Another Look Away Sunday Post
(If this topic is of no interest, feel free to look away.
Polite and gracious discussion always welcome.)
Here's the outline of the sermon I'm preaching today. More of a review and modified bible study, rather than a sermon, but you get the idea. I wanted to lay the foundation for a series of talks on four or five different views of hell. As you can see below, I didn't even get to what those views are this week! So if this is of interest, tune in next Sunday as I try to dive into this topic with a bit more depth.
First, Four Assumptions Most Christians Have About the Bible
Truthful – We believe the bible speaks truthfully and authoritatively.
Relevant – We believe the bible speaks to modern questions and concerns.
Applicable – We believe the bible’s message can be applied and followed.
Clear – We believe the bible’s message is essentially plain and straightforward.
Second, Some Key Biblical Assumptions About God
1. The concepts of love and justice are not incompatible.
a) God is love – loving, kind, merciful, gracious, etc.
b) God is righteous – holy, just, pure; loves justice, is jealous for holiness, etc. - These are some of God’s attributes, divine qualities.
Both of these truths are held together in the bible.
2. There are 3 attributes that speak to God’s nature, 3 “God is” statements in the bible.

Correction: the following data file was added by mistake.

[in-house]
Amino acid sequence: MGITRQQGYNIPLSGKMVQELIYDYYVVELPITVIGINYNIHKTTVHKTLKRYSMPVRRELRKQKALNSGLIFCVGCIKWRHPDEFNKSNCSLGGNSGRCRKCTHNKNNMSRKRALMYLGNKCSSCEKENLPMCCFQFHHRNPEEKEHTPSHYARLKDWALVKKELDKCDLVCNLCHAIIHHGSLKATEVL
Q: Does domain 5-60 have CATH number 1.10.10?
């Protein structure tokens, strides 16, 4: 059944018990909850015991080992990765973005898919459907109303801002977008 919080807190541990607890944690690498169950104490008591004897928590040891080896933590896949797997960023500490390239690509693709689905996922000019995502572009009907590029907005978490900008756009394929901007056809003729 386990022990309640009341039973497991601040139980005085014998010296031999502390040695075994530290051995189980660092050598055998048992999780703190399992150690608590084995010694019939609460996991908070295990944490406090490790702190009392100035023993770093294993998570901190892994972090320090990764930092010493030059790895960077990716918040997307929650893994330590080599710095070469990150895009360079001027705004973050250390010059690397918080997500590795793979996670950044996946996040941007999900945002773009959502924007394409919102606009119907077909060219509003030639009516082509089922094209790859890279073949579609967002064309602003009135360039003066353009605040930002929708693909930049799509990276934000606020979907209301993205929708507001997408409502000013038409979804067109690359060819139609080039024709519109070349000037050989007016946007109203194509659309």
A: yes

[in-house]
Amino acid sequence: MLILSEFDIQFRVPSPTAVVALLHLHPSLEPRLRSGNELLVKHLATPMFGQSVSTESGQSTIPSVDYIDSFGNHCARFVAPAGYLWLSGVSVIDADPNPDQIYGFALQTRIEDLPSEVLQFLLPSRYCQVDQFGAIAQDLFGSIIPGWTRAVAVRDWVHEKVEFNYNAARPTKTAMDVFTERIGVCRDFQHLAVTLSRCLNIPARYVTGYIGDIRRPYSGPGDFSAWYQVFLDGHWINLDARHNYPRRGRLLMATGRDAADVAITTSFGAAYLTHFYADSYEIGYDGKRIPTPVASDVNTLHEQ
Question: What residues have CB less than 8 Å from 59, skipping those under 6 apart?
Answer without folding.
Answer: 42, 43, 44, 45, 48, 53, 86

a) God is spirit (John 4:24) – not just: “God is a spiritual being.”
(This quality speaks to God’s eternal, infinite, unchanging nature.)
b) God is light (1 John 1.5) – not: “God is the light within us.”
(This speaks to God’s holiness and opposition to sin and darkness.)
c) God is love (1 John 4.8) – not just: “God is a loving God.”
(That is, love is more than an attribute, love is God’s essence, God’s nature.)
3. A word about God’s wrath, human emotion, and God’s ultimate plan.
a) While the bible is clear that God is love, it never states that God is wrath. Though the bible speaks of God pouring out his wrath against sin (e.g., Rev. 16.1), God himself is not wrathful. God is not ‘angry’ the way we use the word anger.
b) Wrath (and God’s anger) is not an emotion, it is a judgment against evil. God doesn’t get mad! God’s anger is directed toward sin and death. Neither is God’s wrath eternal. When sin and death are destroyed, God’s wrath is ‘satisfied.’ This is in fact what propitiation/atonement means. (See 1 John 4.8-10.)
c) God’s ultimate plan is to reconcile all creation to himself. God is a God of creation, not destruction. (Scriptures to consider: See Colossians 1.19,20 and 2 Corinthians 5.18,19 and 2 Peter 3.9 and 1 Timothy 2.1-4.)
Intermission: A Sermonette from the Book of Jonah. (Note: I may post this later this week. But the long and the short of it is that Jonah didn't want to preach against Nineveh because he knew that if they repented, God would show mercy and 'relent' from pouring out his wrath against the city.)
Conclusion: God is pouring out love. Our response determines what ‘pours down’ on us.
Next Week: Summarizing Four Views of Hell and Some Cautions On Our Part
(Hint as to what not to expect: A rendering of Dante's Inferno a la Botticelli's The Abyss of Hell.)
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